spaceSpace and Physics

NASA HQ Named After Agency's First Black Female Engineer Mary W. Jackson


Mary Winston Jackson (1921-2005) was an aeronautical engineer for 34 years. NASA

Mary Winston Jackson broke down racial and gender barriers to become the first black female engineer at NASA. Now, 15 years after her passing, the space agency has announced that their headquarters building in Washington D.C. will pay tribute to the pioneer who paved the way for generations of women and African Americans after her.

“Today, we proudly announce the Mary W. Jackson NASA Headquarters building,” NASA Administrator, Jim Bridenstine said in a statement on Wednesday. “It appropriately sits on ‘Hidden Figures Way,’ a reminder that Mary is one of many incredible and talented professionals in NASA’s history who contributed to this agency’s success. Hidden no more, we will continue to recognize the contributions of women, African Americans, and people of all backgrounds who have made NASA’s successful history of exploration possible.”


Dr Mae Jemison was the first black woman to travel to space in 1992 as part of the Endeavor mission.

After graduating with a dual degree in Math and Physical Sciences in 1942, Jackson accepted a teaching post in Maryland. However, a year later she returned to her hometown of Hampton, Virginia, as it had become a nerve center for the US’ World War II home front effort. Two jobs and the start of a family later, in 1951 Jackson was recruited by NASA’s precursor, the National Advisory Committee for Aeronautics (NACA), into the segregated West Area Computing section at the Langley laboratory.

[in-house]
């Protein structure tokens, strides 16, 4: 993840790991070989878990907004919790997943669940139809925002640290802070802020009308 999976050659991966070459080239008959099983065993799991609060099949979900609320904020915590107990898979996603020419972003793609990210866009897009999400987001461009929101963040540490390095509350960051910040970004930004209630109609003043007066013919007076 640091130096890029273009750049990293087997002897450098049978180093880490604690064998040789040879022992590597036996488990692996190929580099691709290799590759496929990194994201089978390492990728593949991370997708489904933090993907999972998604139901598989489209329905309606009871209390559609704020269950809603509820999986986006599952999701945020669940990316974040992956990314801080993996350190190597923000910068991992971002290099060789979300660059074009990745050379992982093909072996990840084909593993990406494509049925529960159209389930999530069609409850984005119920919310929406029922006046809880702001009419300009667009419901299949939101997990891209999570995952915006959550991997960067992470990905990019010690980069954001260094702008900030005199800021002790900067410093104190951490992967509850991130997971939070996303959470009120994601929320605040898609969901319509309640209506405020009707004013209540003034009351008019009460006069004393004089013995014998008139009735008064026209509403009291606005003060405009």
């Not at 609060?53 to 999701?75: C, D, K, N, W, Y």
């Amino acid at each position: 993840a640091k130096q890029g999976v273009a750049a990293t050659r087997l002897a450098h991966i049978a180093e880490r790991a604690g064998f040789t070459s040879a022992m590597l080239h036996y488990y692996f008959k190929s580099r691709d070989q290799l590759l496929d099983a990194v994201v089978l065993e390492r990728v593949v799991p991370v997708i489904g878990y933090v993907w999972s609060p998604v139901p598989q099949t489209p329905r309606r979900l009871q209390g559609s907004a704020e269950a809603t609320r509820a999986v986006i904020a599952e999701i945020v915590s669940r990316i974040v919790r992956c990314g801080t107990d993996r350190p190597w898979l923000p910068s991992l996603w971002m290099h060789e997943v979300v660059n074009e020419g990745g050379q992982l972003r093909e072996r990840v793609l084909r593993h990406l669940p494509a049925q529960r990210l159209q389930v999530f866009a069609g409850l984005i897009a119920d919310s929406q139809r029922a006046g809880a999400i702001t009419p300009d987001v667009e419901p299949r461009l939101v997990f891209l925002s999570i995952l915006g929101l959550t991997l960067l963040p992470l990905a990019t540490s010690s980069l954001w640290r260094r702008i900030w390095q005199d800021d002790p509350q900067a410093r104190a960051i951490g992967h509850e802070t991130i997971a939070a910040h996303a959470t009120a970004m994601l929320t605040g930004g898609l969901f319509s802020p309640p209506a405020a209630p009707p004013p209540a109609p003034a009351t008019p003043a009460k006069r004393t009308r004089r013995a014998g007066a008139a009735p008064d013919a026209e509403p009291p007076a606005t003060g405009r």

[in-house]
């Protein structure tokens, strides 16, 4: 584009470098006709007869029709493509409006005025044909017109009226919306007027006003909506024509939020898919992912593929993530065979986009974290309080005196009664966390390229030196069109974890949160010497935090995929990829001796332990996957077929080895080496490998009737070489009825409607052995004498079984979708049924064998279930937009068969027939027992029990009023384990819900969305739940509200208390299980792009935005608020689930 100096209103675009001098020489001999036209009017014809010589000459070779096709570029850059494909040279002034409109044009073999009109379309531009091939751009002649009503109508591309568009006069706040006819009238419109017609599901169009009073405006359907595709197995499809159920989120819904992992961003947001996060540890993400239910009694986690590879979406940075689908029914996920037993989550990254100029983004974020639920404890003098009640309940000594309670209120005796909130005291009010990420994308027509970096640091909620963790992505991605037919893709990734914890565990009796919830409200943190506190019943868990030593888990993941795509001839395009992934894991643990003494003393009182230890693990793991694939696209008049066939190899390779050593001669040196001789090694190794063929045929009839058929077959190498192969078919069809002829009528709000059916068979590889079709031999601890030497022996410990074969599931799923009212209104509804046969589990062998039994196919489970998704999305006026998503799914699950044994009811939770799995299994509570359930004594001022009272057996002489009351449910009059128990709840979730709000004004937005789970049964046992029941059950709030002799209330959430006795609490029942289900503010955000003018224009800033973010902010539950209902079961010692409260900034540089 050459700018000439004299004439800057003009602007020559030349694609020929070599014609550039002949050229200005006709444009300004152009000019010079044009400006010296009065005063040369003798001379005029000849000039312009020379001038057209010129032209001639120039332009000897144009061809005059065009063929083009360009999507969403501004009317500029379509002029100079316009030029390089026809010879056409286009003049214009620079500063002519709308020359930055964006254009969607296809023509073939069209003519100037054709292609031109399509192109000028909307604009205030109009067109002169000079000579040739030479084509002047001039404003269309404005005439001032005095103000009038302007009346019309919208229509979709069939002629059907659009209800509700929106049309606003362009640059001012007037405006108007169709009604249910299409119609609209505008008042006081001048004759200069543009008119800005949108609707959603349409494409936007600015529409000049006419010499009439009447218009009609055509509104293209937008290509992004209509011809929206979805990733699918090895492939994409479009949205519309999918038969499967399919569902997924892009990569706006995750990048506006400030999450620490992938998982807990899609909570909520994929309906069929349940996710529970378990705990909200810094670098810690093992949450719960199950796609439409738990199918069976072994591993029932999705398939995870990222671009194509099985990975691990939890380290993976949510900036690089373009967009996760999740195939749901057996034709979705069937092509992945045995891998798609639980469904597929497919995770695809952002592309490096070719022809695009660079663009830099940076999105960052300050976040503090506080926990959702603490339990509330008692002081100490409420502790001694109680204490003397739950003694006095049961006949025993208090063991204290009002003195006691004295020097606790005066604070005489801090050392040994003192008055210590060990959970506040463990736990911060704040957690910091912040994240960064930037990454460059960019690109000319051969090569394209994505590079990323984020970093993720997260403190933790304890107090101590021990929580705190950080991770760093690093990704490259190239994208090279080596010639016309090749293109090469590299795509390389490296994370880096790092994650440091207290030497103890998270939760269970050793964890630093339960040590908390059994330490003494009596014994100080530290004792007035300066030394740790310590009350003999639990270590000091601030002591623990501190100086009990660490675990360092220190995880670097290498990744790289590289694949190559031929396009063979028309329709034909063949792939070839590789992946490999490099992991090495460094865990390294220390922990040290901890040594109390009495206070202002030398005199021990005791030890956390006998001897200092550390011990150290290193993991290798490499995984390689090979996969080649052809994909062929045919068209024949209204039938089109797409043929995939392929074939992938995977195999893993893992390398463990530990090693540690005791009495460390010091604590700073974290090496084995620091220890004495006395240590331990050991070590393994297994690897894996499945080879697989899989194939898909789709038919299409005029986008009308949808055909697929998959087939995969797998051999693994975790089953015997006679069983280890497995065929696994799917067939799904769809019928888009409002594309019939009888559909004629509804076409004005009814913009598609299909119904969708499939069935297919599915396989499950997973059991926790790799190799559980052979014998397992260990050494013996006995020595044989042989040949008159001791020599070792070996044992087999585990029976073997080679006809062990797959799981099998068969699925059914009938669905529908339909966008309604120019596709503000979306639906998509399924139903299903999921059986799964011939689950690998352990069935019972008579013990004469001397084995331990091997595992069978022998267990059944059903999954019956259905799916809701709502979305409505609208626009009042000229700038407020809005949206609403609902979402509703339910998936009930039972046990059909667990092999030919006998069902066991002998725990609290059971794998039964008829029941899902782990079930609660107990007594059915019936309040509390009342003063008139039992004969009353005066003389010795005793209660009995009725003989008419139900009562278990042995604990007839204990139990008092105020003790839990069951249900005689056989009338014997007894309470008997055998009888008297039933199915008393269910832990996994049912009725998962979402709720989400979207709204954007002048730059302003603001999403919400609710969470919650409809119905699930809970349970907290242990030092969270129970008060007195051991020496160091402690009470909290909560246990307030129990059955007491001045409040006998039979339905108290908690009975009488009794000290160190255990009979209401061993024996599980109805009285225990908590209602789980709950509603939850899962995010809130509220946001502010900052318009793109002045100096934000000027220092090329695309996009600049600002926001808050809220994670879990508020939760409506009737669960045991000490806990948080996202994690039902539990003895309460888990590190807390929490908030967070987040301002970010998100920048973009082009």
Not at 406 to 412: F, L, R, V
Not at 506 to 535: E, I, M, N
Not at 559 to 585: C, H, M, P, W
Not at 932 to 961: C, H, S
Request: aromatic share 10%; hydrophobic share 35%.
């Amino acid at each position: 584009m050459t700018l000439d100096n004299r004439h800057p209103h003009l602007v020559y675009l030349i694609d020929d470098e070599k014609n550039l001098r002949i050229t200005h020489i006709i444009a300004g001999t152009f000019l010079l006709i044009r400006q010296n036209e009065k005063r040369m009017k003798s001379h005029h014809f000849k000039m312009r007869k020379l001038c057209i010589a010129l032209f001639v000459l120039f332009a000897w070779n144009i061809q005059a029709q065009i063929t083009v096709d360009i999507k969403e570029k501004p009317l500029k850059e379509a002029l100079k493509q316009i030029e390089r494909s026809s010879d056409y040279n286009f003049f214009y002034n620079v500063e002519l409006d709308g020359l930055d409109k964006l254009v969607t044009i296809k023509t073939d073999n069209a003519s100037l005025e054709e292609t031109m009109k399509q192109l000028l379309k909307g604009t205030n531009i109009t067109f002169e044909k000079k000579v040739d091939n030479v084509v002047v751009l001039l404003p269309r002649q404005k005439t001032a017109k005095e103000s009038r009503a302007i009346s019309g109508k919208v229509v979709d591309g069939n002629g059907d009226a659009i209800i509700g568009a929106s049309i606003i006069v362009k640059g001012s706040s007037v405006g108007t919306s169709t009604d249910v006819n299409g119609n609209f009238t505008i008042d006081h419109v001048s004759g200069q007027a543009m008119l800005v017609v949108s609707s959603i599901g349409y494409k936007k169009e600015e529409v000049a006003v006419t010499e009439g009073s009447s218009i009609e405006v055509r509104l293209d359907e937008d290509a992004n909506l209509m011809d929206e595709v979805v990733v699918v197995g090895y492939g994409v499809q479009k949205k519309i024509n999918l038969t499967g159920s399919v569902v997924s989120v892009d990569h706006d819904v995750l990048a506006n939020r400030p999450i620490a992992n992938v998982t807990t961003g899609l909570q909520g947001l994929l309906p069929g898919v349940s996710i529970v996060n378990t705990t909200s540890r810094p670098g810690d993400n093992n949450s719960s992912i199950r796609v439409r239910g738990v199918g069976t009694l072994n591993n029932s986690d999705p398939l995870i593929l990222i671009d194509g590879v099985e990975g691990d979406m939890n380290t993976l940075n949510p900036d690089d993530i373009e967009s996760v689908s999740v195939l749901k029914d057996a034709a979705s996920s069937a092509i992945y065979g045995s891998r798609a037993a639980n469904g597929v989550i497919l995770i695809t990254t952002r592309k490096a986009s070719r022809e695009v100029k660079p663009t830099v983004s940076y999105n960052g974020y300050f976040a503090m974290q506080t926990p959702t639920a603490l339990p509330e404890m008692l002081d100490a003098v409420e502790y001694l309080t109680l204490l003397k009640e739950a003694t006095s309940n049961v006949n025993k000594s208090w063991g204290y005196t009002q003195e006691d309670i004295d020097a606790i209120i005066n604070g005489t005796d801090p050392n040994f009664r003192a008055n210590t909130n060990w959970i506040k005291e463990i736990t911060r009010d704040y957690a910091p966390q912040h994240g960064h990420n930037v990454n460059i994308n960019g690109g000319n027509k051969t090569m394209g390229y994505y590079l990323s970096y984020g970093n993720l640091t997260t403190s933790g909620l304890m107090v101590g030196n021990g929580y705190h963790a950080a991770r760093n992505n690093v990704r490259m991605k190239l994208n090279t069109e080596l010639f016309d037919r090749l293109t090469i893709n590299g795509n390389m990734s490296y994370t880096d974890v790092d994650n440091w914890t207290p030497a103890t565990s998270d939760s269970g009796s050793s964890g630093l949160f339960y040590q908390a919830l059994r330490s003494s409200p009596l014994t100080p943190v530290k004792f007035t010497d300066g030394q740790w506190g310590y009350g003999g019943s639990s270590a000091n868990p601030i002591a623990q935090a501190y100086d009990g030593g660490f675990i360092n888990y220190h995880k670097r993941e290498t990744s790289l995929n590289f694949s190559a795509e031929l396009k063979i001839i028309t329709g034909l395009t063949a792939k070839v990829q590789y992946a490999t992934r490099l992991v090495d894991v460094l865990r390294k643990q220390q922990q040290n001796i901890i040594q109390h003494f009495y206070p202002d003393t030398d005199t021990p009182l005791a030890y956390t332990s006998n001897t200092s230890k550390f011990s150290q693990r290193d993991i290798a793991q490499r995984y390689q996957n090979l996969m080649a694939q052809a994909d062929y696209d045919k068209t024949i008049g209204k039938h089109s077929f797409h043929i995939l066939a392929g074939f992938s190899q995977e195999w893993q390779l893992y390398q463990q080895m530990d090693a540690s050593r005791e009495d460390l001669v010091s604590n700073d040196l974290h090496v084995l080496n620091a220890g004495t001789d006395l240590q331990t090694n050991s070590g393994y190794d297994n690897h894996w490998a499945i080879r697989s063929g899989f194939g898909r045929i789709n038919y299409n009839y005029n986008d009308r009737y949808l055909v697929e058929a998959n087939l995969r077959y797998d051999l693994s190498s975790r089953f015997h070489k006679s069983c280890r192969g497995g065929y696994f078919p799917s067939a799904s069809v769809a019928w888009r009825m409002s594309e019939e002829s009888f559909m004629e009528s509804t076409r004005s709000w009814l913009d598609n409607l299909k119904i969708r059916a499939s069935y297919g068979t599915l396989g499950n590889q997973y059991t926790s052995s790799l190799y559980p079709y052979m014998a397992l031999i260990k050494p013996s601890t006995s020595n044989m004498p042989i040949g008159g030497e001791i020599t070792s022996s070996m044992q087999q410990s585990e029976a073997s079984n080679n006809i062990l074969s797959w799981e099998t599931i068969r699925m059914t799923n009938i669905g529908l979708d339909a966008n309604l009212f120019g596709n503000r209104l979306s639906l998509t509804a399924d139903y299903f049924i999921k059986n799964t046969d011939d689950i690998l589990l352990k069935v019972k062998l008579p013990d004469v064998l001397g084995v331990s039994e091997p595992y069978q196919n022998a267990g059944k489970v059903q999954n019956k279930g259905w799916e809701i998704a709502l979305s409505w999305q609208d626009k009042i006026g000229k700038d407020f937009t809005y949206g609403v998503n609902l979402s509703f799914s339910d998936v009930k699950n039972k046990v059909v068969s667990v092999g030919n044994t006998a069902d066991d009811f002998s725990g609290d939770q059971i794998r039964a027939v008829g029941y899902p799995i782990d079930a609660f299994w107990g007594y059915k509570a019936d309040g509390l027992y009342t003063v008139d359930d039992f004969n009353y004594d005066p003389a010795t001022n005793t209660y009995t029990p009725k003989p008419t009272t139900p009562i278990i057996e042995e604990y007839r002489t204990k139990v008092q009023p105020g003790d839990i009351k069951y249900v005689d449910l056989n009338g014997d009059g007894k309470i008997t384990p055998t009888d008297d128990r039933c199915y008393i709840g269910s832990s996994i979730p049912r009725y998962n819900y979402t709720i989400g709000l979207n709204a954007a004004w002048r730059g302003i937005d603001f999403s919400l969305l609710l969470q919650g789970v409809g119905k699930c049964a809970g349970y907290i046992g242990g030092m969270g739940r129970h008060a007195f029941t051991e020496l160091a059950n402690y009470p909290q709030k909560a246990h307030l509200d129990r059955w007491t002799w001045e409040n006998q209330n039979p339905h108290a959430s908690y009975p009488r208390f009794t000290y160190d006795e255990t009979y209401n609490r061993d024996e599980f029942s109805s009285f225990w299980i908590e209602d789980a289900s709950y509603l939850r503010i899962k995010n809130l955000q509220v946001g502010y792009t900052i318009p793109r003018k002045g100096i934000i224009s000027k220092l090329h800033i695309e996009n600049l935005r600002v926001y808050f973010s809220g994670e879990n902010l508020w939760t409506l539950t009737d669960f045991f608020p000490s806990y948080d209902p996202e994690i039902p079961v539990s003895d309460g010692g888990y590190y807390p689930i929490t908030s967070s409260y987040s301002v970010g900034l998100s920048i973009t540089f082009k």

The work of Jackson and fellow “human computers” at Langley, including Katherine Johnson, was the subject of Margot Lee Shetterly’s book Hidden Figures and depicted in the 2016 film of the same name, where Jackson was portrayed by award-winning actress Janelle Monáe.

As shown in the film, Jackson left the computing pool after two years to work in the Supersonic Pressure Tunnel, a 60,000 horsepower wind tunnel capable of blasting models with winds approaching twice the speed of sound. Encouraged by her supervisor to retrain as an engineer, Jackson sought special permission to take night classes at the then-segregated Hampton High School in order to gain this promotion. Her determination and hard work meant that in 1958, she became NASA’s first black female engineer.

NASA Langley Research Center

Over the next two decades, Jackson authored or co-authored a dozen or so research reports that predominantly focused on the behavior at the boundary layer of air around airplanes. Struggling to break through the glass ceiling to management level, Jackson left aeronautical engineering behind in 1979 to become Langley’s Federal Women’s Program Manager. In this position, she influenced the hiring and promotion of NASA’s female mathematicians, engineers, and scientists, before retiring in 1985.

As well as receiving many honors whilst working at NASA, including Langley’s Volunteer of the Year in 1976, Jackson has continued to be recognized for her achievements in retirement and after her death in 2005. In particular, she posthumously received a congressional gold medal in 2019, along with fellow “hidden figures”, Katherine Johnson, Dorothy Vaughan, and Dr Christine Darden.

“We are honored that NASA continues to celebrate the legacy of our mother and grandmother Mary W. Jackson,” Jackson’s daughter Carolyn Lewis, said in a statement referring to the naming of NASA HQ. “She was a scientist, humanitarian, wife, mother, and trailblazer who paved the way for thousands of others to succeed, not only at NASA, but throughout this nation.”


Leland Melvin, the NFL player turned astronaut, went to space twice in 2008 and 2009. His official astronaut photo is still the best one ever taken. 


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